Plate lunches soon will need a new plate
New law bans foam takeout containers starting Dec. 31
The iconic white foam plate, synonymous with local plate lunches, soon will be no more in Maui County.
The county law banning expanded polystyrene foam food containers takes effect on Dec. 31.
Starting then, businesses cannot use or sell foam food service containers in the county. Affected are hinged clamshell containers, cups, plates, bowls and serving trays. If food or beverages can be served on it and its made of EPS, it is not allowed, according to the county.
Mayor Alan Arakawa signed the measure into law on June 5, 2017, after the Maui County Council unanimously passed the bill.
Years in the making, the law attracted testimony from environmental advocates urging an end to the containers, which do not degrade. But along with it came testimony, especially from small-business operators, claiming the loss of the cheap and durable containers would hurt their bottom lines and possibly raise prices for customers.
An estimated 2,000 businesses in Maui County are affected by the new law, said Tamara Farnsworth, the county’s Environmental Protection & Sustainability Division manager in the Department of Environmental Management.
The department sent out more than 1,700 information packets to affected businesses, including final administrative rules, fact sheets, promotional materials and contact information for support. The department also reached out to businesses to attend public hearings as administrative rules were being developed in early 2018. More than 50 businesses and all of the major food service-ware distributors were surveyed on how best to be served during the transition, Farnsworth said.
Christopher “Malik” Cousins, owner of Local Boys Shave Ice and Farmacy Health Bar, has been an advocate of the bill since the beginning. He said he did away with foam cups about 10 years ago.
Cousins was at the landfill when he saw one of his own shave ice cups blow past him. He even saw his own writing on the cup indicating the shave ice flavor.
“It was from years before,” Cousins said of the cup.
He said he felt compelled to switch to compostable cups.
“Then we raised our price 10 cents or 15 cents, nobody noticed,” he said.
Cousins, who testified in favor of the bill, says he uses only cups, plates and other packaging material that one can “throw on the ground” and have “melt away” in 90 days.
Joel Kawasaki, vice president of the family businesses TJ’s Warehouse and Maui Chemical & Paper Products in Wailuku, said the white foam containers used at the okazuya, where people can pick and choose prepared dishes, have been phased out. The foam trays that hold yakitori chicken and cooked fish will be replaced by a plastic tray, the only tray-type container that can withstand the hot food.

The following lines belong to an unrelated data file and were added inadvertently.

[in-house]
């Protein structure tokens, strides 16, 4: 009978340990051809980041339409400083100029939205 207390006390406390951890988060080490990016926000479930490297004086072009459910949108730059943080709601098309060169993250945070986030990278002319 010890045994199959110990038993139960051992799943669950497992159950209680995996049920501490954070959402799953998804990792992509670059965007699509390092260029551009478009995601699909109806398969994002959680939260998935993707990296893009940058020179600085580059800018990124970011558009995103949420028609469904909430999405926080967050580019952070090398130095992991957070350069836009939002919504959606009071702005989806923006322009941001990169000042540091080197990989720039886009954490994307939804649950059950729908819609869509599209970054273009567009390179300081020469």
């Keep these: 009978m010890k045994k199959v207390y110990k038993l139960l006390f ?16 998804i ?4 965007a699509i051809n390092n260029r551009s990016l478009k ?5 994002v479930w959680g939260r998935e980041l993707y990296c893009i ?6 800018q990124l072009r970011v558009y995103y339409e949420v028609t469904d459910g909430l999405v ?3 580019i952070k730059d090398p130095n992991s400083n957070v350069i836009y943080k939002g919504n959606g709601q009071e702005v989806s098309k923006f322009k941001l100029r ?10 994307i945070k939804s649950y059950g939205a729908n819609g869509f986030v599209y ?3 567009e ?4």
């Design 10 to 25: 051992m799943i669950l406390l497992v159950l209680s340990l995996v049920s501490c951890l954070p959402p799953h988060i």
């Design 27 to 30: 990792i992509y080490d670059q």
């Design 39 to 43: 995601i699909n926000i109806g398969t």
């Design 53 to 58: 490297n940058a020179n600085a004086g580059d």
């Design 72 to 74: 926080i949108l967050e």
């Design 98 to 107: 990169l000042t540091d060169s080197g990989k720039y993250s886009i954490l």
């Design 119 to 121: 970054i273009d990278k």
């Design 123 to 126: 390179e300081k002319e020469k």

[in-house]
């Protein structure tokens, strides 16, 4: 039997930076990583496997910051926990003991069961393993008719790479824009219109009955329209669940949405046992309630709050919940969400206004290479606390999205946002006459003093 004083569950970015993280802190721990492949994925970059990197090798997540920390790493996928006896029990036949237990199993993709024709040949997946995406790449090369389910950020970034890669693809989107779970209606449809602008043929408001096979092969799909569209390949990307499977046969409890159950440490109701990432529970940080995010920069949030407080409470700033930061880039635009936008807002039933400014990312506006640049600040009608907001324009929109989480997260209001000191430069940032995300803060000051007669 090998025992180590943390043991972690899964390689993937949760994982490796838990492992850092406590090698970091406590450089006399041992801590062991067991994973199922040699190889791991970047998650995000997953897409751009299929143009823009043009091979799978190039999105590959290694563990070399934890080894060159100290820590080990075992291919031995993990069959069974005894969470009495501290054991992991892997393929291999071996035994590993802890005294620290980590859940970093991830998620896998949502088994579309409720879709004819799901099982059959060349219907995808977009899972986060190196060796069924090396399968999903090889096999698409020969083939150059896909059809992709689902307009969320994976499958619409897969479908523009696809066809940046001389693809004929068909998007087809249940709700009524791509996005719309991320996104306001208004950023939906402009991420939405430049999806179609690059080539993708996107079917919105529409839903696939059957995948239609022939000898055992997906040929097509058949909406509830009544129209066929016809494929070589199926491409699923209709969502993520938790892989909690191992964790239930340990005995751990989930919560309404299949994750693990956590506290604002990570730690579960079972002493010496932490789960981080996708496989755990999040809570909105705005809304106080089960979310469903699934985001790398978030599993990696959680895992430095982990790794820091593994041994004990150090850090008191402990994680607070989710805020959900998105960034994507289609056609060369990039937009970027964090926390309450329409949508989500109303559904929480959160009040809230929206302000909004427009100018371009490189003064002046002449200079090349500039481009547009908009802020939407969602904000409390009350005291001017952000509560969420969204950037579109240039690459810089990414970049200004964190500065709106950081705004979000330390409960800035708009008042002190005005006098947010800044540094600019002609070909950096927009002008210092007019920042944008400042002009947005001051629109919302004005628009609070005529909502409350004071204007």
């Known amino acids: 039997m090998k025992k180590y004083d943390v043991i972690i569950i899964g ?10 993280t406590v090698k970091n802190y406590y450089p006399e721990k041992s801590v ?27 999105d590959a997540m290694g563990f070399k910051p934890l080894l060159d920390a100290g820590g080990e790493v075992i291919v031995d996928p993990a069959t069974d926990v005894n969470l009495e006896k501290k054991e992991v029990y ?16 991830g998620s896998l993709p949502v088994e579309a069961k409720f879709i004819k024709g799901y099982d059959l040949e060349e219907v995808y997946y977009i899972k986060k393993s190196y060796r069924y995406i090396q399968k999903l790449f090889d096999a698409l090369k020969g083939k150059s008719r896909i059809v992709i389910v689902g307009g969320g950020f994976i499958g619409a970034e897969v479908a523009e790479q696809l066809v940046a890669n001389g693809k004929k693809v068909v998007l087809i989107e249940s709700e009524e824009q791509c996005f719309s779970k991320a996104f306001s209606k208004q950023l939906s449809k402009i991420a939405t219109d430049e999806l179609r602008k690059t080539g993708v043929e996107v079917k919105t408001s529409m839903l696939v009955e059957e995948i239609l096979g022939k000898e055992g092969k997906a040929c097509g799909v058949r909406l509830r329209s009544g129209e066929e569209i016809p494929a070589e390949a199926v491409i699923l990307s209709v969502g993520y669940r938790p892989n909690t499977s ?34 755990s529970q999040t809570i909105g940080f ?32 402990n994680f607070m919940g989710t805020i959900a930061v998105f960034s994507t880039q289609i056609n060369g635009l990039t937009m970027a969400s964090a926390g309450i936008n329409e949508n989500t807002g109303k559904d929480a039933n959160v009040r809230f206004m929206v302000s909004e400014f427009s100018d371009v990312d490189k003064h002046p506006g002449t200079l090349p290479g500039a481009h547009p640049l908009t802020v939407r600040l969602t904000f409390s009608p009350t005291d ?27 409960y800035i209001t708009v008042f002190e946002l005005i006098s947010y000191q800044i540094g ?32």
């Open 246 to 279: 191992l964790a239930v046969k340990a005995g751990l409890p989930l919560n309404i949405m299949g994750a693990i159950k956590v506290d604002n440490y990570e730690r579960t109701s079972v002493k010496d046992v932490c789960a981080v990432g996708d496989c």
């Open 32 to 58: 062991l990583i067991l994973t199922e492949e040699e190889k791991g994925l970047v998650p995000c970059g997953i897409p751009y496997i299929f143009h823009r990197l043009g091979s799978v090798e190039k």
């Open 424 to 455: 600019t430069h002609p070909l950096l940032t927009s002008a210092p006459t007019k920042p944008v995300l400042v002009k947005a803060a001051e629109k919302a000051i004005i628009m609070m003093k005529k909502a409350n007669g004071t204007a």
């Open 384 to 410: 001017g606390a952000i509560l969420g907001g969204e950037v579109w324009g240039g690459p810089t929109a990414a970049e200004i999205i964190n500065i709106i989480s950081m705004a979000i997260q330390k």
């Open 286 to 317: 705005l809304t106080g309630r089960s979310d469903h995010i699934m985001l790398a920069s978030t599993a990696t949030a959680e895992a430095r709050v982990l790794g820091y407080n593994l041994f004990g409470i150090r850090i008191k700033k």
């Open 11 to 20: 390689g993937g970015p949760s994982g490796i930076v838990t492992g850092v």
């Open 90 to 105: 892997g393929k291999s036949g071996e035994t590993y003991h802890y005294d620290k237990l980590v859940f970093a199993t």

“I’m pretty indifferent,” he said of the new law. “For me, I haven’t really raised any prices as a result of this. We kind of eat the cost of this. I didn’t want to raise anything yet.”
But Kawasaki says there is a price difference.
TJ’s also sells food containers, and Kawasaki said the cost of a foam lunch plate may hover around 12 cents per piece, while an environmentally friendly plate is around 25 cents or higher.
Kawasaki said that some businesses were not happy about paying higher prices, but knew they needed to comply with the law.
Back at the okazuya, Kawasaki uses compostable containers made with PLA, or polylactic acid, a plastic lining material that makes the container more durable.
The Environmental Protection & Sustainability Division said there has been some feedback from businesses that say the cost of compliant products is potentially “four times as much” as foam products. But the division said that four times as much generally equates to about 25 cents or less per container. In an email, the division said that it understands that every penny counts, but officials have heard consumers say that they are willing to pay a little extra to prevent pollution and help the environment.
Farnsworth said: “Enacting this type of legislation is action we can take at a local level to combat the huge issue of plastics in the environment, and in particular, for us living in island communities. It’s important to keep in mind that plastics never go away; they break down into smaller bits, but do not degrade for hundreds of years. We as consumers can and should consider these consequences when we make purchasing decisions in our everyday lives.”
According to the division, polystyrene foam is lightweight, floats and is more likely to be blown from landfills, even when disposed of properly. Marine debris is 60 to 80 percent polystyrene. The substance’s fragments float in the ocean and serve as a transport mechanism for toxic substances.
Other municipalities that have banned polystyrene food containers reported up to 60 percent less polystyrene litter, the division said.
The new law will be enforced by the Environmental Protection & Sustainability Division, Farnsworth said. It will investigate and make recommendations regarding the violations with the director of Environmental Management, who’ll make final determinations.
If a business does not comply, it could receive a notice of violation that may require any or all of the following:
• Cease and desist from the violation.
• Correct the violation at the person’s own expense before a specified date.
• Pay a civil fine not to exceed $1,000, by a specified date.
• Pay a civil fine of up to $1,000 per day for each day the violation persists.
Farnsworth said polystyrene food containers still may be used for raw or butchered meats, poultry, fish or eggs — basically food that needs further preparation to eat, according to the county.
* Melissa Tanji can be reached at email@example.com.